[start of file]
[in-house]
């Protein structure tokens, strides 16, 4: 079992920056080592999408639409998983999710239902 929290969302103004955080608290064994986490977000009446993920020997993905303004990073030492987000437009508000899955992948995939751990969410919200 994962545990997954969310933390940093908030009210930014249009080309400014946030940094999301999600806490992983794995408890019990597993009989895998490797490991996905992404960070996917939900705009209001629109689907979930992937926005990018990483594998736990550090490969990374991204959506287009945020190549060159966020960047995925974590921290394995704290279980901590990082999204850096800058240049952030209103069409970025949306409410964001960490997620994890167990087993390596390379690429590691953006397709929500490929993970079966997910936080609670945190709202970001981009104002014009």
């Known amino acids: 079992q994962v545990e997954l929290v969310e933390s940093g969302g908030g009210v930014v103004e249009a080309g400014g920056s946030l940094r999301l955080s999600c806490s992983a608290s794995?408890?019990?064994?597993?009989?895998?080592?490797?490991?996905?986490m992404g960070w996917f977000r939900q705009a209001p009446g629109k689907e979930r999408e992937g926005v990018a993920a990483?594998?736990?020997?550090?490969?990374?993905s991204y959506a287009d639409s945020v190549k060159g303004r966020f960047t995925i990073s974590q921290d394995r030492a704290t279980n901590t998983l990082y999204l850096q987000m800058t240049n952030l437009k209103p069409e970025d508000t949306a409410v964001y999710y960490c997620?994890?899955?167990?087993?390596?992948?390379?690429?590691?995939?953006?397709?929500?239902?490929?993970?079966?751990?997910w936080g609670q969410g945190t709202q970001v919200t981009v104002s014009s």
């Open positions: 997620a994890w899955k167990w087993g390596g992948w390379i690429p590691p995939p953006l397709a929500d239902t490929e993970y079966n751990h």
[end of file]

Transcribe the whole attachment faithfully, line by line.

[in-house]
């Protein structure tokens, strides 16, 4: 079992920056080592999408639409998983999710239902 929290969302103004955080608290064994986490977000009446993920020997993905303004990073030492987000437009508000899955992948995939751990969410919200 994962545990997954969310933390940093908030009210930014249009080309400014946030940094999301999600806490992983794995408890019990597993009989895998490797490991996905992404960070996917939900705009209001629109689907979930992937926005990018990483594998736990550090490969990374991204959506287009945020190549060159966020960047995925974590921290394995704290279980901590990082999204850096800058240049952030209103069409970025949306409410964001960490997620994890167990087993390596390379690429590691953006397709929500490929993970079966997910936080609670945190709202970001981009104002014009």
């Known amino acids: 079992q994962v545990e997954l929290v969310e933390s940093g969302g908030g009210v930014v103004e249009a080309g400014g920056s946030l940094r999301l955080s999600c806490s992983a608290s794995?408890?019990?064994?597993?009989?895998?080592?490797?490991?996905?986490m992404g960070w996917f977000r939900q705009a209001p009446g629109k689907e979930r999408e992937g926005v990018a993920a990483?594998?736990?020997?550090?490969?990374?993905s991204y959506a287009d639409s945020v190549k060159g303004r966020f960047t995925i990073s974590q921290d394995r030492a704290t279980n901590t998983l990082y999204l850096q987000m800058t240049n952030l437009k209103p069409e970025d508000t949306a409410v964001y999710y960490c997620?994890?899955?167990?087993?390596?992948?390379?690429?590691?995939?953006?397709?929500?239902?490929?993970?079966?751990?997910w936080g609670q969410g945190t709202q970001v919200t981009v104002s014009s």
């Open positions: 997620a994890w899955k167990w087993g390596g992948w390379i690429p590691p995939p953006l397709a929500d239902t490929e993970y079966n751990h």